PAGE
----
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Brewing 101: Espresso
Making espressos is an incredibly popular method of coffee brewing. It’s delicious when it’s drunk straight or with milk. If you’re new to making espressos, here’s a short crash course.
Espresso is made by forcing high-pressurized hot water through ground coffee beans. This shortens the time taken to brew the coffee and dissolves more solids in emulsified oil, resulting in a more concentrated black coffee than other types of coffee preparation methods. You’ll require an espresso machine to make espresso. There are also other crucial aspects to making a good cup of espresso, such as using the right size of ground beans, the correct dosage, and yield, and tamping properly.
Grind, Dose, and Yield
You need a special grinder to make very, very finely ground beans required for making espresso. Use an espresso grinder that utilizes burrs instead of blades to get finely ground beans. Next, you need to get the right ratio of coffee to water, also known as dose. For the dosage, you’ll need 18 to 21 grams of ground coffee to brew a double shot. It’ll result in a 2-ounce shot, also known as your yield. You should have a scale to measure this. Having accurate measurements will ensure consistent quality and results.
With grind, dose, and yield done with, next we will look at tamping. Tamping involves applying pressure to compress your coffee. The high pressure will keep coffee and water together to dissolve more solids and emulsify the oils. A weak tamp will lead to a weak and tasteless shot, so tamping firmly with a tamper is incredibly important.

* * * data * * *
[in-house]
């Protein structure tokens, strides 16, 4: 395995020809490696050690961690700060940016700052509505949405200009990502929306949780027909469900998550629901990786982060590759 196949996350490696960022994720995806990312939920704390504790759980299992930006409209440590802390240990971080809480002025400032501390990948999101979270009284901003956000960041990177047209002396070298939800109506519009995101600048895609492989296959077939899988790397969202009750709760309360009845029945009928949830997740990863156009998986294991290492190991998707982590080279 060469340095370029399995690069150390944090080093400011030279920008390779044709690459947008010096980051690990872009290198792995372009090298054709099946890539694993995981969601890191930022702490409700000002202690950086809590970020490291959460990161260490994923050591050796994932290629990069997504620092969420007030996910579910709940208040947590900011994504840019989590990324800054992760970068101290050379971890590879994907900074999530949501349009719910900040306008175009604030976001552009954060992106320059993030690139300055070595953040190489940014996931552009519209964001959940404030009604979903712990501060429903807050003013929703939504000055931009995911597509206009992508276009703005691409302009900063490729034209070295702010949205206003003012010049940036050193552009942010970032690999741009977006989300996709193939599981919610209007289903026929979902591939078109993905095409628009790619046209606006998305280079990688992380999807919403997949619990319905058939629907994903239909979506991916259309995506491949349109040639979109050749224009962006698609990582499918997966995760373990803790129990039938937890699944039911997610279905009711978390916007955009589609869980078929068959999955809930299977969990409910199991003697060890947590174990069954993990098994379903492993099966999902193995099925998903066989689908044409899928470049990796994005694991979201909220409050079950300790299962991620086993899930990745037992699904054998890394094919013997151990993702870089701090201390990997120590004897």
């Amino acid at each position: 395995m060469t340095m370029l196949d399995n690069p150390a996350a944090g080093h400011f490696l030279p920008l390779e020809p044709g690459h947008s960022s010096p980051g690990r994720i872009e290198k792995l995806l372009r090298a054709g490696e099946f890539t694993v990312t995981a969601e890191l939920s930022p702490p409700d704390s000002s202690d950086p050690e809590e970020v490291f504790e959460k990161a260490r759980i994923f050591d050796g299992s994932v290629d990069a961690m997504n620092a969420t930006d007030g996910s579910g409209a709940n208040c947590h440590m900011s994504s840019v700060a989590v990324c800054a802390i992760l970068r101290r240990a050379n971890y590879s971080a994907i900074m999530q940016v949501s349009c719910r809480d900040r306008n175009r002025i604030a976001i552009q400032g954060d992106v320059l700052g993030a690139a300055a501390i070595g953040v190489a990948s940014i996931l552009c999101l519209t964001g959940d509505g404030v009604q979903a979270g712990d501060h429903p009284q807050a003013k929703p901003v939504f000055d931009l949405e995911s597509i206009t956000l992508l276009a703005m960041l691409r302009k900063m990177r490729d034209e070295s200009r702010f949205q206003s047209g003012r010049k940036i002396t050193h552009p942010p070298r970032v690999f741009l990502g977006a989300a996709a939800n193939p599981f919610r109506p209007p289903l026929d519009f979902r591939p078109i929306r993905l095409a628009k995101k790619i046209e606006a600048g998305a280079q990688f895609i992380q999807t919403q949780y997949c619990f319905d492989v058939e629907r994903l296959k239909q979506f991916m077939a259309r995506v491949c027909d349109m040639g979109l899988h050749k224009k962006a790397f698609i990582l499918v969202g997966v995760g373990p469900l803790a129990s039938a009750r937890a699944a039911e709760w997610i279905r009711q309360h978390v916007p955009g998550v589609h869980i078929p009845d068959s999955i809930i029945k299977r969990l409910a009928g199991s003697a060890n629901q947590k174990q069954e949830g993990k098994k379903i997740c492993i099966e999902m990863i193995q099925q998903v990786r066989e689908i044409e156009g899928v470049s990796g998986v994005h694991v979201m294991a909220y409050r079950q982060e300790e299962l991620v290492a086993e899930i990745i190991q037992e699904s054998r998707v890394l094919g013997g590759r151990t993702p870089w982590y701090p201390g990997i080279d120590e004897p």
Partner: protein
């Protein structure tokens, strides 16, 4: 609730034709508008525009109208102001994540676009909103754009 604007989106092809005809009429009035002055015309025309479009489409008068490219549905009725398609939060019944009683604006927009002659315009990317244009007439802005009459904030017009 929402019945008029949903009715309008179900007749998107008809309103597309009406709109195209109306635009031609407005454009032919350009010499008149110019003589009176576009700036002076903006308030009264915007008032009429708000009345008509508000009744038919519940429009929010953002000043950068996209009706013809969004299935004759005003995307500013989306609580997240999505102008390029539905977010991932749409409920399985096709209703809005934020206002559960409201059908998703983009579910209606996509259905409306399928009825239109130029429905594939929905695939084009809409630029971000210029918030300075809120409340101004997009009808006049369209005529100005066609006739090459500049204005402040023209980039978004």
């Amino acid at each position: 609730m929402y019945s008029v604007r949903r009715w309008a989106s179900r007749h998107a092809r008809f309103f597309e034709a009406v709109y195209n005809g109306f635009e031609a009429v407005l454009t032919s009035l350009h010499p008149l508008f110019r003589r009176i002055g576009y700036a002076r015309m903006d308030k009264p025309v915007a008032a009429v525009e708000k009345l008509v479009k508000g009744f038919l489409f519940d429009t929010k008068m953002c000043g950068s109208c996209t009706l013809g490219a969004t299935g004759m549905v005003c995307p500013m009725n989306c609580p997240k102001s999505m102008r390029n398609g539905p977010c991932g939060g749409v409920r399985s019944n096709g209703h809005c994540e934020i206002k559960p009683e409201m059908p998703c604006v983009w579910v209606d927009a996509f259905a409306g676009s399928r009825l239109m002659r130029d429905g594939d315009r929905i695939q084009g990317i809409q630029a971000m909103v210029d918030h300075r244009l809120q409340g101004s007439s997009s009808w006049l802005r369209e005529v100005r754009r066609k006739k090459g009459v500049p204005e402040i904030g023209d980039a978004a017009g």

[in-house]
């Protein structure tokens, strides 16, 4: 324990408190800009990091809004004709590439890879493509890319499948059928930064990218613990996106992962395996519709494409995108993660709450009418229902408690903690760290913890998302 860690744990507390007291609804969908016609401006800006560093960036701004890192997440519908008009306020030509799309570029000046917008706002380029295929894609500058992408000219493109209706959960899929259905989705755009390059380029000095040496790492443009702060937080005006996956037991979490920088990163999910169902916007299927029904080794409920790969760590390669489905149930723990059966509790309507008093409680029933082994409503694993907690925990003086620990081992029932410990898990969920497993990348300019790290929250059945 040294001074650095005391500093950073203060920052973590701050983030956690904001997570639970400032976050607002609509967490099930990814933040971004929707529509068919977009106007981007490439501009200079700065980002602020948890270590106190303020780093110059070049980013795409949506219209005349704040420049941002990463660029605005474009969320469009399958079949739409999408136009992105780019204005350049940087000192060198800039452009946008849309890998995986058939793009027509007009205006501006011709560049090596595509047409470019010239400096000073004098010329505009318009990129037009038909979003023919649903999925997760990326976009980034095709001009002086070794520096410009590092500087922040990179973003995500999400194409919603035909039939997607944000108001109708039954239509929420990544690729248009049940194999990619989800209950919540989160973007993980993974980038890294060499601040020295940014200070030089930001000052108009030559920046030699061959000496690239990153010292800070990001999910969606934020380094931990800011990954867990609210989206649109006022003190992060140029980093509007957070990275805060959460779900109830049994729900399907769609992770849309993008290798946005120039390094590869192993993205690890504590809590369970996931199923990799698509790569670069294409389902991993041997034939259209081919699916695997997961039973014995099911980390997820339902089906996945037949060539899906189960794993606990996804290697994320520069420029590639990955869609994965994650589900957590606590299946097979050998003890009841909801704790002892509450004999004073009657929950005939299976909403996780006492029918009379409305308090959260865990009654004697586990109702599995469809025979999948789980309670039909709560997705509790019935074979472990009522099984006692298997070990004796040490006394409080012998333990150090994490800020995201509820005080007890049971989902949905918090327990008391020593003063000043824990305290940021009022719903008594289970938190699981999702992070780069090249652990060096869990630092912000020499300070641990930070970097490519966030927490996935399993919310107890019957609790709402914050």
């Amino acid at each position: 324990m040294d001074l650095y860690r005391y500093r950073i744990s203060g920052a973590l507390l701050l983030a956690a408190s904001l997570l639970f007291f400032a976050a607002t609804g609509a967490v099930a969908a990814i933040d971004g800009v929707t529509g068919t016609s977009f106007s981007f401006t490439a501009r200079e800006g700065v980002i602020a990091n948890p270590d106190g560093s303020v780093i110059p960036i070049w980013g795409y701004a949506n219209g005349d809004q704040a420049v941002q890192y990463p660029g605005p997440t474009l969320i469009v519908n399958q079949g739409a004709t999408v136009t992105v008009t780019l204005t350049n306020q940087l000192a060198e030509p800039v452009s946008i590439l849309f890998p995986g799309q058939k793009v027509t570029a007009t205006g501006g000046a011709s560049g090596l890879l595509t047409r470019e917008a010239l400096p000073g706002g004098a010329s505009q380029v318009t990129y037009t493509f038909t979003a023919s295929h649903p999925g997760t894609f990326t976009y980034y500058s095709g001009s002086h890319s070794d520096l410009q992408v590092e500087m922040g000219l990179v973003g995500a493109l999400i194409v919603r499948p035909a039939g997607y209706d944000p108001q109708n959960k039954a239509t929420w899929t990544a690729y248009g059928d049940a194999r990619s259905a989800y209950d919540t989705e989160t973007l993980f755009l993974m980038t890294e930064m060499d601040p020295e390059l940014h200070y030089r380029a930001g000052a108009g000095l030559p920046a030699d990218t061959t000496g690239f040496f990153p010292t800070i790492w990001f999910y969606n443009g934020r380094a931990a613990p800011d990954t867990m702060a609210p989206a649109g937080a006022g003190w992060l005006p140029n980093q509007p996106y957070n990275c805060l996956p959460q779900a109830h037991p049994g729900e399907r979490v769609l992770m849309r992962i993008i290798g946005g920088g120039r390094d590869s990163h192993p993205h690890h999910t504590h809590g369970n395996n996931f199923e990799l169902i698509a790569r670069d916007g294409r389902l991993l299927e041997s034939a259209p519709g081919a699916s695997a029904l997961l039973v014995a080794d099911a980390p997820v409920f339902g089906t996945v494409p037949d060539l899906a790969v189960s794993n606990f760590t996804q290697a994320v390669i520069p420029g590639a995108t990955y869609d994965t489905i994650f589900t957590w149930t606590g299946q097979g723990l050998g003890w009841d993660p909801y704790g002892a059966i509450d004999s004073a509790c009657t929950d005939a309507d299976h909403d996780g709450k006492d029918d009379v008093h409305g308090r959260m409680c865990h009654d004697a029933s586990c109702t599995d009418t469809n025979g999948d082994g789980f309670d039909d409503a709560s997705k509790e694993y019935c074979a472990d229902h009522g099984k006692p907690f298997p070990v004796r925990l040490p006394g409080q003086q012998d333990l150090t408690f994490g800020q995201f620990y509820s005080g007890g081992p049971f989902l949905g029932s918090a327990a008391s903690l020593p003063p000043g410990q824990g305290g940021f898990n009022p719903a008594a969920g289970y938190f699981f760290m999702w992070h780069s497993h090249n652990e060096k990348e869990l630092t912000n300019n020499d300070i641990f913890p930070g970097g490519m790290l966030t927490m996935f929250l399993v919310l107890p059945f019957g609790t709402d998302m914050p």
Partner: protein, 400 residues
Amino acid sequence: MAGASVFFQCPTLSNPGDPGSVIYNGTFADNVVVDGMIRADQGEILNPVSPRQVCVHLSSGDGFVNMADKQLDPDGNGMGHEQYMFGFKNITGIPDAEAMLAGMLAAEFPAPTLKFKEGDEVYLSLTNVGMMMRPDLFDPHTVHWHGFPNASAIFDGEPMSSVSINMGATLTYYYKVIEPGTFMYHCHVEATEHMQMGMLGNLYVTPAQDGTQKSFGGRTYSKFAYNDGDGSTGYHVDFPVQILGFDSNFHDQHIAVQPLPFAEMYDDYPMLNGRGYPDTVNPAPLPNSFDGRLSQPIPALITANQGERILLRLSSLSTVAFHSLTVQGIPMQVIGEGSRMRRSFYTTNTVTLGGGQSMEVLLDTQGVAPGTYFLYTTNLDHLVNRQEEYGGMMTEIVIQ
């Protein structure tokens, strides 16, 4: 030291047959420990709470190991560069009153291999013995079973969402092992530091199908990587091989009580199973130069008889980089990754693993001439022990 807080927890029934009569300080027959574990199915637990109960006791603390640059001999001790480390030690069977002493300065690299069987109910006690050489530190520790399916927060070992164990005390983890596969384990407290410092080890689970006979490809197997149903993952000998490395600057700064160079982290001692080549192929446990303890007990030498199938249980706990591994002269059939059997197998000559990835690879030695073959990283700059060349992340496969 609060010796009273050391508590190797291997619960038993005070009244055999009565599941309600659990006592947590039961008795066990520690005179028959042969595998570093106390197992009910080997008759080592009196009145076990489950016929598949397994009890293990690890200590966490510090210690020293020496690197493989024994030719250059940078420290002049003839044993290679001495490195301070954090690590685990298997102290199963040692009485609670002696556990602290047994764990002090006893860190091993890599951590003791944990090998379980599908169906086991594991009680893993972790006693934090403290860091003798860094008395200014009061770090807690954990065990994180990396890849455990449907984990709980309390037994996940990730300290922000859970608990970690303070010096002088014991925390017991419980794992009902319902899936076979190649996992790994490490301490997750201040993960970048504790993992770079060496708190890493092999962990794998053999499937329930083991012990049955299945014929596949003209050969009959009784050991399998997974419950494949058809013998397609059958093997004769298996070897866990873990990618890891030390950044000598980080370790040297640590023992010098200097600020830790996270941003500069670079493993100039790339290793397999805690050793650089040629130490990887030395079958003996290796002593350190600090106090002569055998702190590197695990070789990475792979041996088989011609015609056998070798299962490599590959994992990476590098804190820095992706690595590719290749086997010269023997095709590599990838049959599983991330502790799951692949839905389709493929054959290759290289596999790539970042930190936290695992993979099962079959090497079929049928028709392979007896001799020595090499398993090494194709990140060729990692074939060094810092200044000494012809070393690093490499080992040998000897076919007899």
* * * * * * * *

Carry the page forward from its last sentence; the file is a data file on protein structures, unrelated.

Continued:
Lastly, the temperature is important in any brewing process. The recommended temperature for espresso brewing is between 195 to 205 degrees Fahrenheit. You’ll be able to control the temperature setting on most espresso machines, while other machines adjust themselves automatically.
Making an Espresso
Now that you’re familiar with all the details of making an espresso shot, let’s go over the entire process. To begin making espresso, prep your espresso machine. Some machines will plumb water automatically, while others require you to refill it manually. Heat the machine and wait until it’s hot. Run water through the group and portafilter first so you’ll have fresh water for your espresso. Grind and dose your coffee, then shake the portafilter lightly to evenly distribute the coffee within. This makes sure that the ground beans will receive even pressure when you tamp. Press the tamp firmly and twist it slightly to hold loose grounds in place. Your tamper should be dry and clean so it doesn’t affect the process. When that’s done, place the portafilter inside the group. Start the brewing process with the required temperature and duration. You should end up with a full 2-ounce shot glass that has a layer of creme at the top.
That’s how you make a delicious shot of espresso at home! If your espresso tastes over-extracted, you should grind coarser and adjust for a smaller yield. If it tastes under-extracted, adjust for a larger yield and use finer ground beans.
If you’d like to get the proper equipment to start making espresso, you can buy espresso machines, bean grinders, coffee beans, and other accessories at Gaia Coffee Roasters.